Blue Impulse

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Blue Impulse
11th Squardron 4th Air Wing
Japan air self defense force Kawasaki T-4 Blue Impulse RJAH Wide to Delta Loop.JPG
Blue Impulse (T-4)
Active April 12, 1960 to Present
Country Flag of Japan.svg Japan
Branch Japan Air Self-Defense Force roundel.svg Japan Air Self-Defense Force
Role Aerobatic flight demonstration team
Garrison/HQ Matsushima Air Base
Motto Challenge for the Creation.
Colors Blue
White
Insignia
Identification
symbol
BlueImpulseLogo.jpg
Aircraft flown
Trainer 9 Kawasaki T-4s
*Note: two aircraft are spares

Blue Impulse (ブルーインパルス Burū Inparusu?), or 11 Squadron, is the aerobatic demonstration team of the Japan Air Self-Defense Force. Originally founded in 1960 as a team of six F-86 Sabres, the team switched to the Mitsubishi T-2 in 1980 and then to the Kawasaki T-4 in 1995. They are based at Matsushima Air Base, which was heavily damaged by a tsunami on March 11, 2011.

Aircraft[edit]

Aircraft Origin In Service * Service ** reference column
North American F-86F Sabre  United States 34 1960–1981 JASDF Technical Research Section. 5 aircraft formation.
Mitsubishi T-2 Flag of Japan.svg Japan 11 1982–1995 4 AW 21 Sq. Technical Research Section. 6 aircraft formation.
Kawasaki T-4 Flag of Japan.svg Japan 11 1995– 4 AW 11 Sq. 6 aircraft formation.

* Number of aircraft used by the Blue Impulse acrobatic team.
** Aircraft service with the Blue Impulse acrobatic team.

History[edit]

Blue Impulse team at Yokota AB, 1981.

The first unofficial Japanese aerobatic team was formed in 1958 at Hamamatsu airbase. The team used F-86F Sabre fighters which did not have a special color scheme. After four demonstrations, the team was disbanded. The next year the USAF Thunderbirds visited Japan, and inspired Japan's Air Self Defense Force (JASDF) commanding officers to establish an official aerobatic team. In 1960 the new team was formed at Hamamatsu airbase flying five F-86F fighters, with three of the pilots coming from Japan's 1958 team.

The first demonstration of the new team "Tenryu" (named after a river near the air base), was on March 4, 1960 in Hamamatsu. However this name was hard to pronounce in western languages, so the team was renamed Blue Impulse. The planes were equipped with smoke generators using five different colors for each plane: white, red, blue, green, and yellow. The planes were painted in silver, light blue, blue and pink; on the leader's plane, the blue is replaced by gold. In the next year, all five jets received special demonstration paint schemes of white and blue. In 1964, Blue Impulse performed at the opening of the Olympic Games in Tokyo, drawing the Olympic rings in the air with colored smoke. In 1970, at the opening of Expo '70 in Osaka, the team drew "Expo '70" in the air. In February 1982, after 545 air demonstrations, Blue Impulse stopped using the F-86F Sabre and instead began using Japanese-built Mitsubishi T-2 jets. The first air show with the new planes was on June 25 at the team's new Matsushima airbase.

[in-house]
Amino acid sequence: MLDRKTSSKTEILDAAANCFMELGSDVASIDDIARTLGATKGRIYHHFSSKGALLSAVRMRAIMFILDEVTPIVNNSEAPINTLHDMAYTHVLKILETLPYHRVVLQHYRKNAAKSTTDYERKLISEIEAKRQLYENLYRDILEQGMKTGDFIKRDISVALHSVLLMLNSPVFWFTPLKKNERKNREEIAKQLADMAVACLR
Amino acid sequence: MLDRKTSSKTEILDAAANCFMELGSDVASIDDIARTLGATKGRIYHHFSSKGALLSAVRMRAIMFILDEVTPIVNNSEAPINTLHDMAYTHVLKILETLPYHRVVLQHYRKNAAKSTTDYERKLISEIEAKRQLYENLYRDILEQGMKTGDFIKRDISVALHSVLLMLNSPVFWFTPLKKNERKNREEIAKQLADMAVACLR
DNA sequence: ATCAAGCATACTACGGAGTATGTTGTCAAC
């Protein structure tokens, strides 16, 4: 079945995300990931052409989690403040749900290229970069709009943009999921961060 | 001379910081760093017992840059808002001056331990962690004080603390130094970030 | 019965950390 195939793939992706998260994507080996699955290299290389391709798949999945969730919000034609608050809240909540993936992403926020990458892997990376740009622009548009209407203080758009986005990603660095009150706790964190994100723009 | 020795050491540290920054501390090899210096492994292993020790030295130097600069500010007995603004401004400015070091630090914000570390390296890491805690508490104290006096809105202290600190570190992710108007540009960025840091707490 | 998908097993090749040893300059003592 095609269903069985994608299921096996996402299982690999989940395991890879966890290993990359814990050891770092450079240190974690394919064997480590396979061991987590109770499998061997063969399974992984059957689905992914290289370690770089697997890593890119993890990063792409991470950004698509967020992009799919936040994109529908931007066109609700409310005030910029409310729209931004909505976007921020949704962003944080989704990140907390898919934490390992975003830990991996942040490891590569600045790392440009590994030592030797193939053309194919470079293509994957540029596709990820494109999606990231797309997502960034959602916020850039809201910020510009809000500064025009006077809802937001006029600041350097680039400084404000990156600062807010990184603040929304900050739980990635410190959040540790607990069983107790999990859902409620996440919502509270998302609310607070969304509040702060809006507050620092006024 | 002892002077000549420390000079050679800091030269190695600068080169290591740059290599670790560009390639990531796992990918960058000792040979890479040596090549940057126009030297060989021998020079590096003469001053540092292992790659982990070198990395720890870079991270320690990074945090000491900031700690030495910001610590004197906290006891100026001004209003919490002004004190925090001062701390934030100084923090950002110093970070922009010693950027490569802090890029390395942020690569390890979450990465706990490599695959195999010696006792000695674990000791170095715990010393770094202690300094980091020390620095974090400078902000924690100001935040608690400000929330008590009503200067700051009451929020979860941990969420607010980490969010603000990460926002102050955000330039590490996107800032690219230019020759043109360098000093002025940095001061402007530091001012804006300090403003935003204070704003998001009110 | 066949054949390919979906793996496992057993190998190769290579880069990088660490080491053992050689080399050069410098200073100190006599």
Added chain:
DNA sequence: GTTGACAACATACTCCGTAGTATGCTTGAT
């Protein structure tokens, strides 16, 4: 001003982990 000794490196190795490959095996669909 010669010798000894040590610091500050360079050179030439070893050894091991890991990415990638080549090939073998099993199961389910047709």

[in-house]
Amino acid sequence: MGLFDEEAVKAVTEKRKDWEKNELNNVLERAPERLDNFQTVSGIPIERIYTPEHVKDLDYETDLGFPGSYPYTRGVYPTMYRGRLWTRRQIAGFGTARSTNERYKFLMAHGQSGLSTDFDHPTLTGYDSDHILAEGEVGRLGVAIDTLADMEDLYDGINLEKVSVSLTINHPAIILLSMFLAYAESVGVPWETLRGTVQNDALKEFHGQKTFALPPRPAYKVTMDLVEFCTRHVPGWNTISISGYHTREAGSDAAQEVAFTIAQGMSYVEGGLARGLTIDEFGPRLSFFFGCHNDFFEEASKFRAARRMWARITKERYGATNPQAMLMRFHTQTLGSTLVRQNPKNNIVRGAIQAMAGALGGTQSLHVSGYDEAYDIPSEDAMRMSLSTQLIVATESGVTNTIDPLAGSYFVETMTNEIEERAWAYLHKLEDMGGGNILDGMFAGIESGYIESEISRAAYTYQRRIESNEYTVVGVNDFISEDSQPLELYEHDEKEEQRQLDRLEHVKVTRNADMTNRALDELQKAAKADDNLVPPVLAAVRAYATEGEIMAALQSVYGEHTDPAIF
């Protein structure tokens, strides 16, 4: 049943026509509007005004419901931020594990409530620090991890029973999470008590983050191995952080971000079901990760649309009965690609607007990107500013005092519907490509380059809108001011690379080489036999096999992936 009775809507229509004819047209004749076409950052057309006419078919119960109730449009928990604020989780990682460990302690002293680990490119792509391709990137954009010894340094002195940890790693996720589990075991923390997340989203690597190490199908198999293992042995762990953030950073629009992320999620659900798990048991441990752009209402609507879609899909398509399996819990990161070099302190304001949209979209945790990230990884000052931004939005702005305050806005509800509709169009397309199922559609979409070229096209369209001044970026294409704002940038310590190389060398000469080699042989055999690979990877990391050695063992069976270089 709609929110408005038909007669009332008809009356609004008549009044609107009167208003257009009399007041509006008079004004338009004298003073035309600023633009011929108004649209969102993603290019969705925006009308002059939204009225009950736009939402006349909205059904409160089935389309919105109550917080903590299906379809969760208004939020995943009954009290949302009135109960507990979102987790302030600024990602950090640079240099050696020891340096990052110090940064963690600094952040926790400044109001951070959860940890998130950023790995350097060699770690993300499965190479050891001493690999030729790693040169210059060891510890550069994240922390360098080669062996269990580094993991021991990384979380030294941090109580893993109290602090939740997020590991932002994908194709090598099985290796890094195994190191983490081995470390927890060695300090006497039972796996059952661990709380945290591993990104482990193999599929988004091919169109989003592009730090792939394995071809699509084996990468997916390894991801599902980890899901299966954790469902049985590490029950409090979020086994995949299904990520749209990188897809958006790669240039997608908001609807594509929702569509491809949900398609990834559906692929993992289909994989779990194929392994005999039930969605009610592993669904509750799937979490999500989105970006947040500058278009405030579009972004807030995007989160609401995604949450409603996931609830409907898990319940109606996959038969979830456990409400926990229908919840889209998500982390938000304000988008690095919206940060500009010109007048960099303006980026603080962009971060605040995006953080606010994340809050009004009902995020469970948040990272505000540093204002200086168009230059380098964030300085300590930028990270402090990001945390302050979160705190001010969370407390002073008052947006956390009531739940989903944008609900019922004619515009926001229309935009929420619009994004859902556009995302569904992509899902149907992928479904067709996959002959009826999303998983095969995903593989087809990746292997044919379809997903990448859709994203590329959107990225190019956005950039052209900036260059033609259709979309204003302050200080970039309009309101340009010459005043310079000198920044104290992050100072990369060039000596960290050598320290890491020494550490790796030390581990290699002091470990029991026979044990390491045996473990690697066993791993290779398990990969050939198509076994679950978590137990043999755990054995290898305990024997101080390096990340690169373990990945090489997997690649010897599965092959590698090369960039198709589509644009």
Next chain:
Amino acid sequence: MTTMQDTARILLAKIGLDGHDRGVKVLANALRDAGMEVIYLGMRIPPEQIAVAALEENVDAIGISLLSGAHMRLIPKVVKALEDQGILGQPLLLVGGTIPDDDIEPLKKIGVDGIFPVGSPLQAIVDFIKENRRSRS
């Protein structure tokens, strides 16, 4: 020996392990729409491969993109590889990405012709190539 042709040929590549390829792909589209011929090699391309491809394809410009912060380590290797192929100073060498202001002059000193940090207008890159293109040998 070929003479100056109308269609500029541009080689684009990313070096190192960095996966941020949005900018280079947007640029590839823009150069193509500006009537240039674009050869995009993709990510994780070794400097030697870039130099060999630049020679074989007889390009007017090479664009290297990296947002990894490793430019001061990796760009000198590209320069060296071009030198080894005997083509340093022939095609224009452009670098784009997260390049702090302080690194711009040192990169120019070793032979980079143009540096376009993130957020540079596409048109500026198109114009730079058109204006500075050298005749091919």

On November 14, 1982, during a bomb-burst maneuver at a Hamamatsu air display, plane #4 failed to pull up in time and crashed into a building, killing the pilot and injured 11 people on the ground. This accident brought a halt to the team's performances for the year.

At Expo '90 in Osaka, Blue Impulse performed at the opening event and drew the "Expo '90" logo in the air.

Blue Impulse suffered another accident on July 4, 1991 over the Pacific Ocean, as planes #2 and #4 crashed during a training flight. This disaster again stopped the team's performances for a year.

The team's last performance with the Mitsubishi T-2 was in December 1995, after 175 demonstrations with these aircraft. The new Blue Impulse aircraft became the Japanese-built Kawasaki T-4 trainer, and the first show with these planes was on April 5, 1996. In 1997, the team made their first foreign debut at the Nellis AFB air show in Nevada, USA. In 1998 Blue Impulse performed at the Winter Olympics in Nagano, Japan.

On July 4, 2000, during a training flight, planes #5 and #6 crashed, claiming the lives of three people. The incident occurred about 25 km east of Matsushima Air Base.

Blue Impulse also performed at the 2002 FIFA World Cup; on June 4, 2002, they performed at the opening of the Japan versus Belgium match.

Gallery[edit]

References in pop culture[edit]

The mercenary air team "Red Impulse" and its leader from the anime series Science Ninja Team Gatchaman take their name from the Blue Impulse.

When characters in another anime, Urusei Yatsura, are hit with enough force to send them flying into the distance, they sometimes shout "Blue Impulse!"

The team have since been immortalised in its own videogame, titled Aero Dancing featuring Blue Impulse.

The flight demonstration team called "Green Impulse" in the anime series Hyperdimension Neptunia: The Animation might have taken their name from the Blue Impulse.

References[edit]

External links[edit]

Militärische Kunstflugstaffel